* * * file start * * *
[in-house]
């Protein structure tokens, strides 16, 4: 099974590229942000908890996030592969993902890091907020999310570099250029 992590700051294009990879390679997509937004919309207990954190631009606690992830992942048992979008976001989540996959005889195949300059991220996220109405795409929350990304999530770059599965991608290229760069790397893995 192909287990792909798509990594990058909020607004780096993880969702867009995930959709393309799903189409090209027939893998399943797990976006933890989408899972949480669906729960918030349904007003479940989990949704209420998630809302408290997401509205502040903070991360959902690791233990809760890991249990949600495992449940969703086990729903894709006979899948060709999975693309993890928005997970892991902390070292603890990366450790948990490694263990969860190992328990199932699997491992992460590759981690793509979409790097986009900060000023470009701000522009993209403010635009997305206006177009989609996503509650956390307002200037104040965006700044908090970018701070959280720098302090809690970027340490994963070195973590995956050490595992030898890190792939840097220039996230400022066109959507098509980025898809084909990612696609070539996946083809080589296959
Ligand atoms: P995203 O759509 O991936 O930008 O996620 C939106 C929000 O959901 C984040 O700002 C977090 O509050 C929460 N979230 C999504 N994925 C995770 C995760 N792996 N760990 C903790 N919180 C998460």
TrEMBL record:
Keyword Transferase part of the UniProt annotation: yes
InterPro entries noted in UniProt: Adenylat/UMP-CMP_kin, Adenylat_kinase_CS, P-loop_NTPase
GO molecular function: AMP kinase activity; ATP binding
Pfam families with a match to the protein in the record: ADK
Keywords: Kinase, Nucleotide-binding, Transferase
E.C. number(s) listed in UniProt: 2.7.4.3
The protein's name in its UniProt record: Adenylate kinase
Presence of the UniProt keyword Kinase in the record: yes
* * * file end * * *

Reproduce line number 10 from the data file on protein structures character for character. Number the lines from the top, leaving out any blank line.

E.C. number(s) listed in UniProt: 2.7.4.3